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A Formula for Life -- and Living - Parshas Metzorah 5768
by Rabbi Yakov Horowitz

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4/9/08

There is an interesting Midrash (Vayikrah Rabbah 16:2) connected with a central theme of this week’s parsha – the halachos of a metzorah and the prevention of lashon horah (hurtful speech).

It relates how Reb Yannai had observed a peddler who was hawking his wares in a marketplace near the city of Tziporri. The peddler made a provocative pronouncement that attracted the attention of all the shoppers. “Who would like to obtain a potion for long life?” he announced. A crowd of people looking to purchase this elixir that would assure them longevity quickly surrounded the peddler. At that point, he removed a sefer Tehilim and read the verses (34:14,15) “Mi ha’ish he’chafetz chaim … netzor l’shoncha merah…” (Who is the man who desires [long] life? … Guard your tongue from [speaking] evil).

Reb Yannai concluded this Midrash by stating that he had read these pesukim in Tehilim throughout his life, but he never understood their meaning properly until he heard the words of this merchant.

Upon reflection, this Midrash is quite difficult to comprehend. What did Reb Yannai find lacking in the basic meaning of these pesukim of Tehilim? They seem to be rather straightforward: Dovid HaMelech informs us that the recipe for long life is to refrain from speaking ill of others. What deeper understanding did the merchant offer Reb Yannai that he had not previously gleaned from his many readings of the pesukim?

I would like to suggest that it might have been the location and the bold initiative of the peddler that offered to Reb Yannai a fresh insight into the timeless words of Dovid Hamelech.

Reb Yannai may have wondered why Dovid Hamelech started his thoughts with a rhetorical question. – “Mi ha’ish he’chafetz chaim. ” What was the point of that question? After all, which person would not want life? Why didn’t Dovid HaMelech simply instruct us to refrain from harmful speech without beginning with the leading question that he asked?

An answer may be that the peddler offered Reb Yannai a deeper understanding of these pesukim by giving his ‘shiur in Shmirah Halashon’ in the middle of a bustling marketplace. It is much simpler to refrain from harmful speech and hurtful words during the time that we spend in the Beis Hamidrash. It is much trickier to maintain our moral compass in the playground or in midst of a hectic workday in the marketplace. The peddler may have been hinting at this with his opening line, “Who wants life” – in all aspects of daily living? He then followed with the sage advice to refrain from degrading types of speech.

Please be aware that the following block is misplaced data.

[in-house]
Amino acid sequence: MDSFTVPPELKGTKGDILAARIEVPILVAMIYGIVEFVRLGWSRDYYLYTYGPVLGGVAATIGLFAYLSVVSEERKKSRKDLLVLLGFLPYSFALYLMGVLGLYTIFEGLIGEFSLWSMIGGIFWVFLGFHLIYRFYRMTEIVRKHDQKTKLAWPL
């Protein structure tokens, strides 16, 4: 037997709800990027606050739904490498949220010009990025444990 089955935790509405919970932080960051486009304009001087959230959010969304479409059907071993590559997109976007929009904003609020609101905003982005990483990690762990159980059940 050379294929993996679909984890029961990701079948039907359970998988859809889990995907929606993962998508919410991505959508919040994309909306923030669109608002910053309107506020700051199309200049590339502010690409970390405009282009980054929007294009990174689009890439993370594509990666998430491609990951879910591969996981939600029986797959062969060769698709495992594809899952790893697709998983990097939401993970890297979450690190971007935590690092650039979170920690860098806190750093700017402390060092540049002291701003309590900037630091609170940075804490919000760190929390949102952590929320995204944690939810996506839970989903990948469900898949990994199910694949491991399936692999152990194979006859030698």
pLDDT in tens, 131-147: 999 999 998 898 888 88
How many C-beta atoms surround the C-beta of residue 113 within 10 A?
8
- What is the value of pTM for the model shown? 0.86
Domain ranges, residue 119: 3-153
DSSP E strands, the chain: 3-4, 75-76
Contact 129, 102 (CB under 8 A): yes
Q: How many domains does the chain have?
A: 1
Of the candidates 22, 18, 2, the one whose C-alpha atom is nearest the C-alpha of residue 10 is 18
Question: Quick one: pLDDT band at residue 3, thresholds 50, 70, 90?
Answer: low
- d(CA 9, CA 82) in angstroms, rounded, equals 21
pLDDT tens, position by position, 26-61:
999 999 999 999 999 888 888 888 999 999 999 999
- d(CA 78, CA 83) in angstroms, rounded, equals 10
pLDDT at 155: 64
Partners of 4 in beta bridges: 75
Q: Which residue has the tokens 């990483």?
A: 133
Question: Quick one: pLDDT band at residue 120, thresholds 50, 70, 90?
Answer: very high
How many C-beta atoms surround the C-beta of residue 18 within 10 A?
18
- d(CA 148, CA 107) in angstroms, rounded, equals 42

Reb Yannai may also have been focusing on the fact that the peddler took the initiative to deliver this message when there was no evidence of wrongdoing at all. The segment in Tehilim that begins with, “Mi ho’ish he’chafetz chaim ends with, “Bakesh shalom v’rodfehu..” Dovid Hamelech is advising us to follow in the path of Ahron HaKohein and be proactive in seeking peace, not reactively waiting to put out the fire of machlokes.

Reb Yanni watched with admiration as this simple peddler brought spirituality and the word of Hashem to people from all walks of life – and caused the marketplace to bask in the glow of the Torah. Like any master teacher, he opened with an introductory question (as did Dovid HaMelech) - which enabled him to share his priceless advice with Reb Yanni – and all future generations.

Best wishes for a Gutten Shabbos.



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